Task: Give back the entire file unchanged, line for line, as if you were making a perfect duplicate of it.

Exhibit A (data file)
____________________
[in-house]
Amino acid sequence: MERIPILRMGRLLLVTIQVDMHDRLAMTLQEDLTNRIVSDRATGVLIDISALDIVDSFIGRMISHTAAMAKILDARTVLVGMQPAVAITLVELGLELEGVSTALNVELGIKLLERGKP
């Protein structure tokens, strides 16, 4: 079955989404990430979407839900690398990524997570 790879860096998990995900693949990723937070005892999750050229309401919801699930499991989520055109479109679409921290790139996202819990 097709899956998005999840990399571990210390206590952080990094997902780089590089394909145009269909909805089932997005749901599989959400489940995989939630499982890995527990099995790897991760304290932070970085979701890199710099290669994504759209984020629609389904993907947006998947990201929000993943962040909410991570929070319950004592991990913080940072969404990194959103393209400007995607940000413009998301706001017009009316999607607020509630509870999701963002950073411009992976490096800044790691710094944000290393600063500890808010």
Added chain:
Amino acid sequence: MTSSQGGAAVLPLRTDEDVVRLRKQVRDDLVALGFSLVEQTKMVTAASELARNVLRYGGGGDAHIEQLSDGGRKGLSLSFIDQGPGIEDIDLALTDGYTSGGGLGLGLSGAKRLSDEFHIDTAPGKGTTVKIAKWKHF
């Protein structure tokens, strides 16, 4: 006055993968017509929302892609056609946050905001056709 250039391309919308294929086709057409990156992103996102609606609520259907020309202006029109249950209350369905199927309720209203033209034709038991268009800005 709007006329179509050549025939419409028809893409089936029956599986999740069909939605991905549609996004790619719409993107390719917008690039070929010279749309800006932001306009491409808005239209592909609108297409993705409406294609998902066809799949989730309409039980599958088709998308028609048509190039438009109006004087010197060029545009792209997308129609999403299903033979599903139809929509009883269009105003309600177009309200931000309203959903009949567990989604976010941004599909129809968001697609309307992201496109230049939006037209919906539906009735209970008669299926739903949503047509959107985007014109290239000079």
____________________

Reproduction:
[in-house]
Amino acid sequence: MERIPILRMGRLLLVTIQVDMHDRLAMTLQEDLTNRIVSDRATGVLIDISALDIVDSFIGRMISHTAAMAKILDARTVLVGMQPAVAITLVELGLELEGVSTALNVELGIKLLERGKP
């Protein structure tokens, strides 16, 4: 079955989404990430979407839900690398990524997570 790879860096998990995900693949990723937070005892999750050229309401919801699930499991989520055109479109679409921290790139996202819990 097709899956998005999840990399571990210390206590952080990094997902780089590089394909145009269909909805089932997005749901599989959400489940995989939630499982890995527990099995790897991760304290932070970085979701890199710099290669994504759209984020629609389904993907947006998947990201929000993943962040909410991570929070319950004592991990913080940072969404990194959103393209400007995607940000413009998301706001017009009316999607607020509630509870999701963002950073411009992976490096800044790691710094944000290393600063500890808010």
Added chain:
Amino acid sequence: MTSSQGGAAVLPLRTDEDVVRLRKQVRDDLVALGFSLVEQTKMVTAASELARNVLRYGGGGDAHIEQLSDGGRKGLSLSFIDQGPGIEDIDLALTDGYTSGGGLGLGLSGAKRLSDEFHIDTAPGKGTTVKIAKWKHF
């Protein structure tokens, strides 16, 4: 006055993968017509929302892609056609946050905001056709 250039391309919308294929086709057409990156992103996102609606609520259907020309202006029109249950209350369905199927309720209203033209034709038991268009800005 709007006329179509050549025939419409028809893409089936029956599986999740069909939605991905549609996004790619719409993107390719917008690039070929010279749309800006932001306009491409808005239209592909609108297409993705409406294609998902066809799949989730309409039980599958088709998308028609048509190039438009109006004087010197060029545009792209997308129609999403299903033979599903139809929509009883269009105003309600177009309200931000309203959903009949567990989604976010941004599909129809968001697609309307992201496109230049939006037209919906539906009735209970008669299926739903949503047509959107985007014109290239000079």